Couchbase has become a popular choice for IoT use cases, thanks to its flexible multi-model data management capabilities.

Recently, I was working with a customer in the cruise industry that had a unique challenge – they needed Couchbase to receive and store frequent updates from many sensors that record readings on their fleet of ships. These readings could potentially come to Couchbase out of chronological order. How can they ensure that a new sensor reading could only be stored if it had a later timestamp than the previous reading?

Each sensor has a unique key that corresponds to the latest sensor reading. A reading from 10:43:00 AM could not overwrite a reading from 10:42:30 AM, even if the latter had been received later. Below are some sample readings and their order of processing (note the timestamps are not necessarily in chronological order):

In this blog post, we’ll explore how Couchbase’s multi-model options can help tackle this scenario and efficiently manage sensor data updates.

What is Multi-Model?

Couchbase is perhaps the original multi-model database, as it combines memory-first caching with JSON data persistence to provide a flexible approach to data management. Couchbase can handle multiple data types, such as structured, semi-structured, and unstructured data, in the same database instance.

Over time, Couchbase has added SQL++, Full Text Search (FTS), Eventing, Analytics tools: multiple models for accessing, indexing, and interacting with the same pool of data. This multi-model approach can make Couchbase more flexible than traditional databases, but it can also require a little more thought about tradeoffs compared to those legacy systems (that might only have one way to interact with data).

Multi-Model Options for Updating Sensor Readings

When it comes to updating sensor readings for this use case in Couchbase’s multi-model database, there are several approaches to consider:

    1. Key-value API with optimistic or pessimistic locking
    2. Key-value API with ACID transaction
    3. SQL++ UPDATE statement
    4. Eventing OnUpdate function

All of these options have their own set of advantages and trade-offs in terms of performance, complexity, and requirements. Choosing the best approach will depend on factors such as the size and frequency of the updates, the level of concurrency, and the overall performance requirements.

Ultimately, the best approach can only be determined through real-world testing with live data or a good approximation of live data. By examining the trade-offs and experimenting with the different options, developers can identify the most effective method for updating sensor readings in Couchbase’s multi-model database.

It’s important to note that in many of these scenarios, we assume that the sensor document already exists (which will be the most common scenario in a steady state). When that’s not the case, we can change the replace or update operation to upsert to ensure that the document is created if it does not exist. (Alternatively, you could “seed” the collection with a document for each sensor).

All that being said, let’s examine each possibility.

Key-value API with Optimistic or Pessimistic Locking

One approach to updating sensor readings in Couchbase’s multi-model database is through optimistic or pessimistic locking. This locking mechanism, which has been present in Couchbase for a long time, uses a technique called CAS (compare and swap) to ensure conditional updates of individual documents.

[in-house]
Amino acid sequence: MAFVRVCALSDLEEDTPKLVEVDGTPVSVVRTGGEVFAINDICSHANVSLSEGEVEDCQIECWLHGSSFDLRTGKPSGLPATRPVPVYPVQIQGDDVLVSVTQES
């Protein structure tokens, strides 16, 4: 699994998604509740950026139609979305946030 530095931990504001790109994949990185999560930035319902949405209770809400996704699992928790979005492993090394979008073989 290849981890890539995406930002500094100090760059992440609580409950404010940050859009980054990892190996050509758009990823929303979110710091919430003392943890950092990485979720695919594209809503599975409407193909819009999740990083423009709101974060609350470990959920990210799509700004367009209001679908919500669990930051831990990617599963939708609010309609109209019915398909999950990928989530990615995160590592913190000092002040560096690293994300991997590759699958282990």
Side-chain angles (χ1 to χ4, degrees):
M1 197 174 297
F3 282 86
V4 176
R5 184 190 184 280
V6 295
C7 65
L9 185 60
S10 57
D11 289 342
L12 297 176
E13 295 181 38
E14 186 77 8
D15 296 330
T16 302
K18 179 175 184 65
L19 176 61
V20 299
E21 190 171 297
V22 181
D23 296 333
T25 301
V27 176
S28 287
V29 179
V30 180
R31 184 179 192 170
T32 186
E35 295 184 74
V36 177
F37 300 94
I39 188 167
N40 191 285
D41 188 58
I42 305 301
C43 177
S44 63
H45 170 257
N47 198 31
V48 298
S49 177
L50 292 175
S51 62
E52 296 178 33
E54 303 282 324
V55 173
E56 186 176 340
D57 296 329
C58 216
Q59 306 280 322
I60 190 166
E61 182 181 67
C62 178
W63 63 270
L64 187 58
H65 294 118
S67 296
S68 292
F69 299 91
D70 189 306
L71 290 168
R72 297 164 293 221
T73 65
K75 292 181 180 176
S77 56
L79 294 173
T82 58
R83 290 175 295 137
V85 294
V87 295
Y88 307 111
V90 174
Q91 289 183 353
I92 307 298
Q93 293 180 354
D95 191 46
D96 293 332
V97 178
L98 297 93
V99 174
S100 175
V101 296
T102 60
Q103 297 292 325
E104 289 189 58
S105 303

The CAS value is an arbitrary number that changes every time a document changes. By matching CAS values, developers can conditionally update sensor data with minimal overhead. In this section, we will explore how optimistic and pessimistic locking can be used for this sensor data use case.

Optimistic Locking

Optimistic locking is a straightforward approach to updating sensor data in Couchbase, with only three steps required:

The first step involves retrieving the document by key, which includes the document value and its metadata (including the CAS value).

Once retrieved, the second step is to check if the timestamp is older than the incoming timestamp.

If it is, the third step involves replacing the document with the new value and submitting the CAS value with it.

Here’s where the “optimistic” part comes in. If the CAS values match, the operation is successful, and the sensor data is updated. However, if the CAS value doesn’t match, it means that the sensor data has been updated (by some other thread/process) since the last read operation. In this case, you have the option to retry the operation from the beginning. If you don’t expect the specific sensor document to get updated frequently, then optimistic locking is the way to go (as retries would be infrequent).

Here’s an example of optimistic locking with simple retry logic:

Pessimistic Locking

Pessimistic locking is another way to approach the same problem. Like optimistic locking, it has three steps, but with some slight differences.

The first step is to get and lock a document by key, making note of the CAS value. Unlike optimistic locking, where the document is simply read, in pessimistic locking, the document is explicitly locked. This means that no other process can make changes to the document until it becomes unlocked.

In the second step, just like optimistic locking, the timestamp is checked to see if it’s older than the incoming timestamp.

If it is, then in the third step, the document is replaced with the new value and submitted with the CAS value.

In step 1 of pessimistic locking, you also have to specify a timeout window. Why? It’s possible that step 3 might never happen due to an error or crash, and the document needs to eventually unlock.

If you expect the sensor document to be updated a lot, pessimistic might be the better approach. But because of the lock, there could be a reduced latency in other processes waiting for the document to become unlocked.

To illustrate, here’s an example of pessimistic locking in action:

CAS Locking Tradeoffs

When it comes to CAS locking, there are trade-offs to consider. Optimistic locking works well when conflicts are infrequent, but you’ll need to implement appropriate retry logic to handle possible retries.

To help with this tradeoff, more advanced or specialty retries could be used. For instance, in this use case, it may be acceptable to “give up” and discard an incoming sensor reading if there have been a lot of retries and/or the reading is very old.